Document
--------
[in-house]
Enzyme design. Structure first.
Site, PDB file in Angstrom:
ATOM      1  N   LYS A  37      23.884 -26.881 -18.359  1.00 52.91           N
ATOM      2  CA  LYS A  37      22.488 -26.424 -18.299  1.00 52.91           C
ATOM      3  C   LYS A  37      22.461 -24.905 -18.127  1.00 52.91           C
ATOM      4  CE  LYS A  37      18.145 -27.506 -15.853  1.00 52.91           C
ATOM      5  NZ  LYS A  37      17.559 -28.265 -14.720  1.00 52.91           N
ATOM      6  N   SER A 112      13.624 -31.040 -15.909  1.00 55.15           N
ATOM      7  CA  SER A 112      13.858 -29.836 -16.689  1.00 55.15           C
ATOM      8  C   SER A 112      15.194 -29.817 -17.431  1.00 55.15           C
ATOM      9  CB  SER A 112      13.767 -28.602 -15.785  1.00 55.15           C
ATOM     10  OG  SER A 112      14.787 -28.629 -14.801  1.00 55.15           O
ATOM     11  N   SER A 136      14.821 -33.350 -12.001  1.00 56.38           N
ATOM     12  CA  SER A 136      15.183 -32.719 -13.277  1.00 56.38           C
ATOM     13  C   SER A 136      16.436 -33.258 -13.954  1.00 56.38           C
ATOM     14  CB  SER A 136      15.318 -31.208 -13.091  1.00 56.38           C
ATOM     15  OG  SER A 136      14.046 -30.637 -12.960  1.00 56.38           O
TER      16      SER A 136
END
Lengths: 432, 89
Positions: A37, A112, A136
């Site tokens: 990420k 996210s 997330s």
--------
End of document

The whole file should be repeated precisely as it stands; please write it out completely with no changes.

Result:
[in-house]
Enzyme design. Structure first.
Site, PDB file in Angstrom:
ATOM      1  N   LYS A  37      23.884 -26.881 -18.359  1.00 52.91           N
ATOM      2  CA  LYS A  37      22.488 -26.424 -18.299  1.00 52.91           C
ATOM      3  C   LYS A  37      22.461 -24.905 -18.127  1.00 52.91           C
ATOM      4  CE  LYS A  37      18.145 -27.506 -15.853  1.00 52.91           C
ATOM      5  NZ  LYS A  37      17.559 -28.265 -14.720  1.00 52.91           N
ATOM      6  N   SER A 112      13.624 -31.040 -15.909  1.00 55.15           N
ATOM      7  CA  SER A 112      13.858 -29.836 -16.689  1.00 55.15           C
ATOM      8  C   SER A 112      15.194 -29.817 -17.431  1.00 55.15           C
ATOM      9  CB  SER A 112      13.767 -28.602 -15.785  1.00 55.15           C
ATOM     10  OG  SER A 112      14.787 -28.629 -14.801  1.00 55.15           O
ATOM     11  N   SER A 136      14.821 -33.350 -12.001  1.00 56.38           N
ATOM     12  CA  SER A 136      15.183 -32.719 -13.277  1.00 56.38           C
ATOM     13  C   SER A 136      16.436 -33.258 -13.954  1.00 56.38           C
ATOM     14  CB  SER A 136      15.318 -31.208 -13.091  1.00 56.38           C
ATOM     15  OG  SER A 136      14.046 -30.637 -12.960  1.00 56.38           O
TER      16      SER A 136
END
Lengths: 432, 89
Positions: A37, A112, A136
């Site tokens: 990420k 996210s 997330s």